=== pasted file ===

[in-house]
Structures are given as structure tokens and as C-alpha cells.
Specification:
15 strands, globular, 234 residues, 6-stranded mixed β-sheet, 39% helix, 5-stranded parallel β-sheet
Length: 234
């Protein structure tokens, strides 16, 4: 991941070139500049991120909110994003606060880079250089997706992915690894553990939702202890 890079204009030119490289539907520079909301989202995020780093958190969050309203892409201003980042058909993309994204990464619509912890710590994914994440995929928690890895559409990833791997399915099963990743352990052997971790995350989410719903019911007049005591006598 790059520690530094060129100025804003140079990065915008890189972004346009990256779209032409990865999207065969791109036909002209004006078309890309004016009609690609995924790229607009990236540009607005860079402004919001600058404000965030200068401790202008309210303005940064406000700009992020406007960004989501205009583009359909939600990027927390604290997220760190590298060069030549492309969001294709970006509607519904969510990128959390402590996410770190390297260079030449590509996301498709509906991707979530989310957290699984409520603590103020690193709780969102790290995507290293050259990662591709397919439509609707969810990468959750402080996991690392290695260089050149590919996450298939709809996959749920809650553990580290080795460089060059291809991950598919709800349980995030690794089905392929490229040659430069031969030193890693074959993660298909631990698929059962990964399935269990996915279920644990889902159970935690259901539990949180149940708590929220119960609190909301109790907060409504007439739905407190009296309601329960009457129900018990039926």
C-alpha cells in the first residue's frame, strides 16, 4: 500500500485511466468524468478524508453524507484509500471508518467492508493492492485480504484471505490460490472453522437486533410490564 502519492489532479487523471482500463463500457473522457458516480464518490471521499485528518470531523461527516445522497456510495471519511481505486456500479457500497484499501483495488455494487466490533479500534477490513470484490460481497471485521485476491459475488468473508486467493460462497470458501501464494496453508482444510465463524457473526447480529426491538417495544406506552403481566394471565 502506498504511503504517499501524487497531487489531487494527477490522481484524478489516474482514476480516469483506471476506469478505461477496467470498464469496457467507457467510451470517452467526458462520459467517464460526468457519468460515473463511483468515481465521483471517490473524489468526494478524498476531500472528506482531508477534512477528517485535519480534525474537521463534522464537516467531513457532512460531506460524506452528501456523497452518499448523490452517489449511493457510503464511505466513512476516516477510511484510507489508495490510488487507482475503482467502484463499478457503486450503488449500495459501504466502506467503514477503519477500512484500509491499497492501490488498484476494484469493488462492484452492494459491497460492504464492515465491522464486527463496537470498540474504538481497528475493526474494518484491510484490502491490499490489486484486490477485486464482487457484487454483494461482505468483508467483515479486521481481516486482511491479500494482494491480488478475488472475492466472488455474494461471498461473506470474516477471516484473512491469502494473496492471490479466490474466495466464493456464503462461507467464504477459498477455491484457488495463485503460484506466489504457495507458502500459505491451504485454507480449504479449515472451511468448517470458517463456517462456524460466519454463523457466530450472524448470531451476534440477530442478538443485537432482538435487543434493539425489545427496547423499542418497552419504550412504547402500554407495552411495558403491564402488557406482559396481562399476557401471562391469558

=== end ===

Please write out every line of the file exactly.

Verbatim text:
[in-house]
Structures are given as structure tokens and as C-alpha cells.
Specification:
15 strands, globular, 234 residues, 6-stranded mixed β-sheet, 39% helix, 5-stranded parallel β-sheet
Length: 234
């Protein structure tokens, strides 16, 4: 991941070139500049991120909110994003606060880079250089997706992915690894553990939702202890 890079204009030119490289539907520079909301989202995020780093958190969050309203892409201003980042058909993309994204990464619509912890710590994914994440995929928690890895559409990833791997399915099963990743352990052997971790995350989410719903019911007049005591006598 790059520690530094060129100025804003140079990065915008890189972004346009990256779209032409990865999207065969791109036909002209004006078309890309004016009609690609995924790229607009990236540009607005860079402004919001600058404000965030200068401790202008309210303005940064406000700009992020406007960004989501205009583009359909939600990027927390604290997220760190590298060069030549492309969001294709970006509607519904969510990128959390402590996410770190390297260079030449590509996301498709509906991707979530989310957290699984409520603590103020690193709780969102790290995507290293050259990662591709397919439509609707969810990468959750402080996991690392290695260089050149590919996450298939709809996959749920809650553990580290080795460089060059291809991950598919709800349980995030690794089905392929490229040659430069031969030193890693074959993660298909631990698929059962990964399935269990996915279920644990889902159970935690259901539990949180149940708590929220119960609190909301109790907060409504007439739905407190009296309601329960009457129900018990039926």
C-alpha cells in the first residue's frame, strides 16, 4: 500500500485511466468524468478524508453524507484509500471508518467492508493492492485480504484471505490460490472453522437486533410490564 502519492489532479487523471482500463463500457473522457458516480464518490471521499485528518470531523461527516445522497456510495471519511481505486456500479457500497484499501483495488455494487466490533479500534477490513470484490460481497471485521485476491459475488468473508486467493460462497470458501501464494496453508482444510465463524457473526447480529426491538417495544406506552403481566394471565 502506498504511503504517499501524487497531487489531487494527477490522481484524478489516474482514476480516469483506471476506469478505461477496467470498464469496457467507457467510451470517452467526458462520459467517464460526468457519468460515473463511483468515481465521483471517490473524489468526494478524498476531500472528506482531508477534512477528517485535519480534525474537521463534522464537516467531513457532512460531506460524506452528501456523497452518499448523490452517489449511493457510503464511505466513512476516516477510511484510507489508495490510488487507482475503482467502484463499478457503486450503488449500495459501504466502506467503514477503519477500512484500509491499497492501490488498484476494484469493488462492484452492494459491497460492504464492515465491522464486527463496537470498540474504538481497528475493526474494518484491510484490502491490499490489486484486490477485486464482487457484487454483494461482505468483508467483515479486521481481516486482511491479500494482494491480488478475488472475492466472488455474494461471498461473506470474516477471516484473512491469502494473496492471490479466490474466495466464493456464503462461507467464504477459498477455491484457488495463485503460484506466489504457495507458502500459505491451504485454507480449504479449515472451511468448517470458517463456517462456524460466519454463523457466530450472524448470531451476534440477530442478538443485537432482538435487543434493539425489545427496547423499542418497552419504550412504547402500554407495552411495558403491564402488557406482559396481562399476557401471562391469558